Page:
Congress again considers "green" payments to farmers
In the Spring 1995 Issues, I argued that it was "Time to Green U.S. Farm Policy." A new comprehensive package of federal farm legislation was then being developed. Both the farm and the general economies were strong, and many Americans were seeking environmental enhancements, particularly in agriculture. What could have been better under those circumstances than decoupling farm support from commodity production and tying it instead to payments that would reward farmers for environmental stewardship?
The bill that was approved, the Federal Agriculture Improvement and Reform (FAIR) Act of 1996, accomplished only half the task--the decoupling part. It radically changed the approach for making direct payments to farmers. It eliminated target prices for crops; discontinued payments to farmers based on differences between target and market prices; and ceased production-adjustment programs, thus revoking several policies perceived to discourage environmentally responsible farming. As a transition toward more reliance on market forces, the act established a payment schedule to farmers who had been receiving these government interventions, with levels declining over a seven-year period.
The FAIR Act made marginal adjustments to agricultural conservation programs but did not take the extra step of rewarding farmers who practice environmentally responsible farming with payments that would also, in part, undergird their ability to remain in farming. Apparently, 1996 was not the time to green farm policy after all.
Since that time, optimistic predictions about the act's performance have been broadsided by a downturn in the farm economy. With low farm prices, government payments to farmers have increased rather than decreased in recent years, enabled by "emergency payments" that were neither green nor brown in hue.
As we contemplate the next farm bill, low commodity prices continue. This time, however, the concept of green payments is more than just an idea. It has champions in Congress and appears in the policy platforms of a range of agricultural interest groups. Companion bills with bipartisan support were introduced in the House and Senate during the 106th Congress and are expected to be reintroduced in this session. The proposals in the Senate bill, called the Conservation Security Act (CSA) by its chief sponsor, Sen. Tom Harkin (D-Iowa), provide a far broader basis than ever before to reward farmers for environmental stewardship.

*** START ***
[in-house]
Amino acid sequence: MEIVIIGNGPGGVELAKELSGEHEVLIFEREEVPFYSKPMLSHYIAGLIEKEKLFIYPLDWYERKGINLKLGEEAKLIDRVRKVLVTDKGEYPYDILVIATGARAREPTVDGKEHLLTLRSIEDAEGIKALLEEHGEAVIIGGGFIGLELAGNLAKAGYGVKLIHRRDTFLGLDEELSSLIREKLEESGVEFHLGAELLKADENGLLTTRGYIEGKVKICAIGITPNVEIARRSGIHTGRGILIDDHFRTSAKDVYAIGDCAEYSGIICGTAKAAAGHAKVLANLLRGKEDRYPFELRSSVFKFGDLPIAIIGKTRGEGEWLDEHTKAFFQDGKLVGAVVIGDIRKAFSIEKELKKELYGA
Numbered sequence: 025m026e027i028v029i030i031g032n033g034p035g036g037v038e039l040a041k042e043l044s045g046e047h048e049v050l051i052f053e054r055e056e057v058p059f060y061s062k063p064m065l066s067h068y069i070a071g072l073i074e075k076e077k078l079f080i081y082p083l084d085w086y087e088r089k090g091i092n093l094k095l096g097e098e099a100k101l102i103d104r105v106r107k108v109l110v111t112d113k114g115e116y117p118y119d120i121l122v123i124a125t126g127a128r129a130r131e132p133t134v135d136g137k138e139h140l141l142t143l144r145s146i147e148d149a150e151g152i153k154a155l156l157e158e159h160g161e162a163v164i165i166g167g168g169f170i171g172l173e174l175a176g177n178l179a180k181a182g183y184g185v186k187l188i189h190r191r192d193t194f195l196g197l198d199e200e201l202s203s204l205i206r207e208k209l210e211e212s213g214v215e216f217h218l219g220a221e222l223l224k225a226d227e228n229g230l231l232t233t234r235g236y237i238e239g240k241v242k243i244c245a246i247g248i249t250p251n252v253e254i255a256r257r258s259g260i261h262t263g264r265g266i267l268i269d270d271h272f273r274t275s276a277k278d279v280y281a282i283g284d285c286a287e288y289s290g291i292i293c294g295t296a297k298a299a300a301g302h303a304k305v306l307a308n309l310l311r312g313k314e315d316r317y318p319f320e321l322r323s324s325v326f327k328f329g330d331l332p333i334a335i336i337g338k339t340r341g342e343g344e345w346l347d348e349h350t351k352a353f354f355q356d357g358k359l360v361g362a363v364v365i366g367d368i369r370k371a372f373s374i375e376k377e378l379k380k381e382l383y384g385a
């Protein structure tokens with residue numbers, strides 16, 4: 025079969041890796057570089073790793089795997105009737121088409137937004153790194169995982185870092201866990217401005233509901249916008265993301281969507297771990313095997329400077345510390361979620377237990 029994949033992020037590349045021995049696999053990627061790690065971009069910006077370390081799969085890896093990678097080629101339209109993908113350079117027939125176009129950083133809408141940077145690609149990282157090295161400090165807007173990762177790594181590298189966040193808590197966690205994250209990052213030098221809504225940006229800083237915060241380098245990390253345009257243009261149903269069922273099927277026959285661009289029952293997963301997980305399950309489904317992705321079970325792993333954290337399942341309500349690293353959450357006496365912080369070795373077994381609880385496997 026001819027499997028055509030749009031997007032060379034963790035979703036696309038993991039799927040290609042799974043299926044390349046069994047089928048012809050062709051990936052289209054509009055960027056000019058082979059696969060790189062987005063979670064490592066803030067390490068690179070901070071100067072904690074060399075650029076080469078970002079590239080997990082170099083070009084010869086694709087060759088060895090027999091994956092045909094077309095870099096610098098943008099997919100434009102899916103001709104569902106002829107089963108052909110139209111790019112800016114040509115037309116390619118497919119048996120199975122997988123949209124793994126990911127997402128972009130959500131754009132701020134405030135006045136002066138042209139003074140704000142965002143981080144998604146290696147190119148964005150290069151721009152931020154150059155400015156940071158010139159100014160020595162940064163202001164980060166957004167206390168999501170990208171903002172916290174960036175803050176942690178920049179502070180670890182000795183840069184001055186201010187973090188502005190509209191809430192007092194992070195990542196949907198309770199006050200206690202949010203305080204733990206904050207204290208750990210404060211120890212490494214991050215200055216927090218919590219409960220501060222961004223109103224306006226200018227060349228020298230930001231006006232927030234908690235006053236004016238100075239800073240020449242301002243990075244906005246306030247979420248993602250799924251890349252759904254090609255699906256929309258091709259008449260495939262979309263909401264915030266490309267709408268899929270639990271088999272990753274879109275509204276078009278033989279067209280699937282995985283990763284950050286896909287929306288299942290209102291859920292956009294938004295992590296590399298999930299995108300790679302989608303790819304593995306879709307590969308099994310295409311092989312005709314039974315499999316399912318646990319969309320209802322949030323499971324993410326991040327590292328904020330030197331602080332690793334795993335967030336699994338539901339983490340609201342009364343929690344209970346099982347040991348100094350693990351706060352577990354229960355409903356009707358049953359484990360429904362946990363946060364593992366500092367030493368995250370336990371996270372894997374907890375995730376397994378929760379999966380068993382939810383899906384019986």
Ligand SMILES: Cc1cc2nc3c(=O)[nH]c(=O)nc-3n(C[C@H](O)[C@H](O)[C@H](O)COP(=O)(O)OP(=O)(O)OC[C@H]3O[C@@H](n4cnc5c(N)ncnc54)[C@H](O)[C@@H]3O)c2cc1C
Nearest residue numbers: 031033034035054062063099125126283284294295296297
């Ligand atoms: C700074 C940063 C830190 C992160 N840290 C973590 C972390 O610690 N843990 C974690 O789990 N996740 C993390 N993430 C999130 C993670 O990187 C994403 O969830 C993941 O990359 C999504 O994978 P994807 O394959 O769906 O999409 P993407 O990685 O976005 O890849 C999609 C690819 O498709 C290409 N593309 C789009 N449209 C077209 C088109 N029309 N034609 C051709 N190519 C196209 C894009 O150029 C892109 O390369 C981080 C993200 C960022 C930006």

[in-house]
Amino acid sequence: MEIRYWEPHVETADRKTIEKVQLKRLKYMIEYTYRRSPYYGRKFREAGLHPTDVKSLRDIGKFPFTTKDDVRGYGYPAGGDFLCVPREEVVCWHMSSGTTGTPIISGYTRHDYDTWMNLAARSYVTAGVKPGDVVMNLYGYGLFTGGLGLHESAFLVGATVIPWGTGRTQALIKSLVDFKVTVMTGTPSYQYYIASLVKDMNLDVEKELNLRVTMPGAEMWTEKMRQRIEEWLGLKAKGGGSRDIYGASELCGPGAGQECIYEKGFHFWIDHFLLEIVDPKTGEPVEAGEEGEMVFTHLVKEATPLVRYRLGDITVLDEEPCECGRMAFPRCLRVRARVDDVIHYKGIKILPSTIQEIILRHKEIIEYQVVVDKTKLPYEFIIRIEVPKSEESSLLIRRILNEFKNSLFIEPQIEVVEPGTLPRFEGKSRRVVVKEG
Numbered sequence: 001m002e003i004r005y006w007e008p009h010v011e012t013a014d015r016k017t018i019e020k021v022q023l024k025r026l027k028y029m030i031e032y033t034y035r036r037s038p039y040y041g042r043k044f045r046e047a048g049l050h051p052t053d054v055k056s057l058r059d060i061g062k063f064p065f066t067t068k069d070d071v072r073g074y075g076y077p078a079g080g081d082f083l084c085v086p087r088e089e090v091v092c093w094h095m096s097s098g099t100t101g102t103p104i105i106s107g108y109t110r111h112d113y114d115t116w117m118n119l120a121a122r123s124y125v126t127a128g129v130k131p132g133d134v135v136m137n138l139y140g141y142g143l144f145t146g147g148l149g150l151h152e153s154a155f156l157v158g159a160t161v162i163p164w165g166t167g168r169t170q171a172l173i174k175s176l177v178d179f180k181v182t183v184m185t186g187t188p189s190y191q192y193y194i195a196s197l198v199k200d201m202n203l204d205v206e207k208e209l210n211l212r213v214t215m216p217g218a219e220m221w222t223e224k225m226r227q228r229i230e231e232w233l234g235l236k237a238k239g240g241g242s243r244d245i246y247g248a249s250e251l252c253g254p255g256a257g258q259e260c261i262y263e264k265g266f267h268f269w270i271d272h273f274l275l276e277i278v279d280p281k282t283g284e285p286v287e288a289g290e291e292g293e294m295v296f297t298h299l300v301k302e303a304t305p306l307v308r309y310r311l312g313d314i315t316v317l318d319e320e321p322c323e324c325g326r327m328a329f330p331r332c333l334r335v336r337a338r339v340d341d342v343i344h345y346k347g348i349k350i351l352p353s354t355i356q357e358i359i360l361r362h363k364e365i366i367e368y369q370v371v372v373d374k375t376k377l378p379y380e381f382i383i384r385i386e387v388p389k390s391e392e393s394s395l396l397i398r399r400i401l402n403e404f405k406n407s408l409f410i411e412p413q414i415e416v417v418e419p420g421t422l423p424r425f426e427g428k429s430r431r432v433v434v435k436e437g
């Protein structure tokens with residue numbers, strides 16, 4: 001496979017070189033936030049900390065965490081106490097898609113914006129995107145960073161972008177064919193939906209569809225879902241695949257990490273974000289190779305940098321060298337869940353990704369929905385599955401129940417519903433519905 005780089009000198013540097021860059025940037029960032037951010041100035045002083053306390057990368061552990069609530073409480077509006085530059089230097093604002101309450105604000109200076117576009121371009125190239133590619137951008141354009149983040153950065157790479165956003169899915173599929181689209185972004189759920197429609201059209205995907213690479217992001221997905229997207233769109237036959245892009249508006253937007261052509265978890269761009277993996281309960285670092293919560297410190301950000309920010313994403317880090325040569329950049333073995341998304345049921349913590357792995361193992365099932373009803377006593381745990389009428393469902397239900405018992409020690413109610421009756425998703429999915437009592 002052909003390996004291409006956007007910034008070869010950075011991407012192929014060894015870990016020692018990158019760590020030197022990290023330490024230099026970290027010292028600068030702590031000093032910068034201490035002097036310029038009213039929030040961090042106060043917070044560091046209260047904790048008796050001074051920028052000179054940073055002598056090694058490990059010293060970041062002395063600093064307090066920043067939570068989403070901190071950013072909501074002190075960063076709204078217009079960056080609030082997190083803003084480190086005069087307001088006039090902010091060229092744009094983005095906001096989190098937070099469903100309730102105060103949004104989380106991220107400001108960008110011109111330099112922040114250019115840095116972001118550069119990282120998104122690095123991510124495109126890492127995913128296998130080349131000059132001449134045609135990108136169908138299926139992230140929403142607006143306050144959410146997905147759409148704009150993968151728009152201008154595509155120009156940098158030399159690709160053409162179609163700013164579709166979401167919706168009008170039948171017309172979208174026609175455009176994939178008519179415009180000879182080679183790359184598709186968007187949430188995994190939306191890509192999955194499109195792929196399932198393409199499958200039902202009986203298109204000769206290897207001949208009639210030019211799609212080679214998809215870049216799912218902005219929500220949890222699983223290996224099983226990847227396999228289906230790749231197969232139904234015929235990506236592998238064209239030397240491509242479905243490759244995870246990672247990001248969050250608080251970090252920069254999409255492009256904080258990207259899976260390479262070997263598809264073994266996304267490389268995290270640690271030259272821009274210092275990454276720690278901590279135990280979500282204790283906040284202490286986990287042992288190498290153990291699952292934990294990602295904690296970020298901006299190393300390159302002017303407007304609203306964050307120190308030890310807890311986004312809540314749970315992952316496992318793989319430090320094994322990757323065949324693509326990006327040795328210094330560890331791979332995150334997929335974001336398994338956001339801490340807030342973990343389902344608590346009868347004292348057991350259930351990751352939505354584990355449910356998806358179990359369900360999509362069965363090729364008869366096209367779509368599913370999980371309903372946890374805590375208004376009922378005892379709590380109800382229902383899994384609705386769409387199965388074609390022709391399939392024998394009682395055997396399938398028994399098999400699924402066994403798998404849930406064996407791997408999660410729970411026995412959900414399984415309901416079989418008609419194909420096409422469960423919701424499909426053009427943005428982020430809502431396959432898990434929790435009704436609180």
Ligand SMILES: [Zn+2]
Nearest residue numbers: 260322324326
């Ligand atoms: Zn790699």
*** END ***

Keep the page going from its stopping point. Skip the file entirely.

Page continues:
The CSA would be a voluntary program. Participants would indicate the set of conservation and environmental enhancement practices they presently use and those that they would implement under a "conservation security contract." Each contract would fall under one of three tiers of conservation practices, and annual payments would be based in part on the tiers implemented. For example, tier one could involve addressing one resource of concern for the farming operation, whereas tier two would require multiple problems to be addressed, and tier three would require that a whole farm plan be implemented.
Several features most clearly distinguish a CSA-like program from former federal conservation programs. It would provide monetary rewards to farmers who already practice conservation at a specified tier as well as those who adopt additional conservation practices. It covers a more expansive range of conservation and environmental needs, allowing the opportunity for site-specific customization of plans. And it can accomplish, whether as an explicit goal or not, income transfers to farmers. This last feature results from the proposal's flexibility in permitting farmers to receive payments for practices they already use or would have to adopt in order to meet regulatory requirements in any case. It would be further strengthened if, as the bill proposes, the amount of the payments were a function of the value of the environmental benefit gained, instead of just the cost of obtaining it.
Whether our next farm bill adopts this new legislative approach is yet to be seen. Even if adopted, the approach could succeed or fail on the basis of myriad implementation details that would need to be specified. Still, we seem a lot closer to greening farm policy now than in 1995.